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Journal Article

Challenges for detection of neuronal currents by MRI

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Hagberg, G., Bianciardi, M., & Maraviglia, B. (2006). Challenges for detection of neuronal currents by MRI. Magnetic Resonance Imaging, 24(4), 483-493. doi:10.1016/j.mri.2005.12.027.

Cite as: https://hdl.handle.net/21.11116/0000-000A-0C19-E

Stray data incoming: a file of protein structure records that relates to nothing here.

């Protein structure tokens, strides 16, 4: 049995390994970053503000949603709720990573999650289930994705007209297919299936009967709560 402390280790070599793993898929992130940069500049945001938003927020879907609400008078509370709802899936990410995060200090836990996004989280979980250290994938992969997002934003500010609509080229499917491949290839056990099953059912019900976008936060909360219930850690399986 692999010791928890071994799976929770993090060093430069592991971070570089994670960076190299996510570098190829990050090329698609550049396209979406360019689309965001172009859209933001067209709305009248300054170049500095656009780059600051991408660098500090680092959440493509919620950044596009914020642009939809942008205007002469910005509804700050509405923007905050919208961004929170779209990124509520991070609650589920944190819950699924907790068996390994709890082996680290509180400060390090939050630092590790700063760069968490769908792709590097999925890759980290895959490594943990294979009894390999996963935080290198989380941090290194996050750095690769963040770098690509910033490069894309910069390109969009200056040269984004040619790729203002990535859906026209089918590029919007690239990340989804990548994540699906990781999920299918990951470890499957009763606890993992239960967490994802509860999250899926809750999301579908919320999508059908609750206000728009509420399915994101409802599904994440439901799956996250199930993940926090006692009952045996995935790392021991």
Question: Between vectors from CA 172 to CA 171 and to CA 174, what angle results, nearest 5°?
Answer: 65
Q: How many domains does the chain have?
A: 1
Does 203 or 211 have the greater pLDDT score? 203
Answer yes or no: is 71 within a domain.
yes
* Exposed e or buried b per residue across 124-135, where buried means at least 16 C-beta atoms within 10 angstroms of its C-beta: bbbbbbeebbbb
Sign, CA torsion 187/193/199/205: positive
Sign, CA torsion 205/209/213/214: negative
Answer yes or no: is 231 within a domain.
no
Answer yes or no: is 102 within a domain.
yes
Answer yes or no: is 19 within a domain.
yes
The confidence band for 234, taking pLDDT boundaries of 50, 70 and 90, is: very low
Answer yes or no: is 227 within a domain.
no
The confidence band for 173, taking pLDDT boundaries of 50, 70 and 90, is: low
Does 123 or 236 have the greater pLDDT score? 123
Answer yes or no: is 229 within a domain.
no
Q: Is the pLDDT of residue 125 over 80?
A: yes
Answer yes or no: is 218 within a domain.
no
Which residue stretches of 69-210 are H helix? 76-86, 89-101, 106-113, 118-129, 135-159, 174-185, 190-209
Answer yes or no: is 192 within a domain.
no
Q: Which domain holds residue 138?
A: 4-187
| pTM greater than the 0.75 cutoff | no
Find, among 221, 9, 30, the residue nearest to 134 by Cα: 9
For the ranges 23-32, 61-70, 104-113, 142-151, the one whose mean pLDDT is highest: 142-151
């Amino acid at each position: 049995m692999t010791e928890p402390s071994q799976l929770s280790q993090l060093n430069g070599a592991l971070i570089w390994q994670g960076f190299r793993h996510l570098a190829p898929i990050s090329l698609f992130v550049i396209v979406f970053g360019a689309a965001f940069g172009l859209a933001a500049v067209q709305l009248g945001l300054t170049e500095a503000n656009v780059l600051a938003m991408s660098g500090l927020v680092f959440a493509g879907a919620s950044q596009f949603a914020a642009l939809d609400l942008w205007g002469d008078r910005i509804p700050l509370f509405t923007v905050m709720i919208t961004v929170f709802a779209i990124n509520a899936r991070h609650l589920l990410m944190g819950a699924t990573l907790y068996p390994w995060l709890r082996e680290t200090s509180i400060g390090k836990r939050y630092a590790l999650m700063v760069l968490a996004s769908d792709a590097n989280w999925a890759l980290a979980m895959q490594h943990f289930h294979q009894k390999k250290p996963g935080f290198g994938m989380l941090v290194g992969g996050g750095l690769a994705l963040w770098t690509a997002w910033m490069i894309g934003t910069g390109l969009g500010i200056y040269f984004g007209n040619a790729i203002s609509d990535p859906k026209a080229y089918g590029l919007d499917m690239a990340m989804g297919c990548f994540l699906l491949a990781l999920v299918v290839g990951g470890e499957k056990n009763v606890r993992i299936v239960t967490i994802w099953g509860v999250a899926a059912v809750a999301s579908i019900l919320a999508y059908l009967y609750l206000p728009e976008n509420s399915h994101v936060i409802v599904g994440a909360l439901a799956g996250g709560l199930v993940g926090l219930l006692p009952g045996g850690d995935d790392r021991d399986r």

Neuronal current MRI (nc-MRI) is an imaging method that directly maps magnetic field changes caused by neuronal currents with, at the same time, a high spatial and temporal resolution. A viable nc-MRI method would be of great benefit, both for the study of human brain function and for clinical applications in the field of epilepsy, especially for the noninvasive presurgical mapping of epileptogenic foci. A survey of fundamental issues in nc-MRI is reviewed, and challenges for future developments of the method are described within this context. Particularly, an overview of the models for signal generation is given, and the origin and physiology of different sources of neuronal currents are described. Prospects for predicting neuronal currents by electromagnetic field mapping and using this information, both a priori and a posteriori, for nc-MRI are considered. Ways of increasing specificity in nc-MRI by minimizing secondary hemodynamic and metabolic effects are described as well as means of optimizing the nc-MRI method for pushing the detection limit. Previously published works are described within these categories and future directions for nc-MRI are proposed.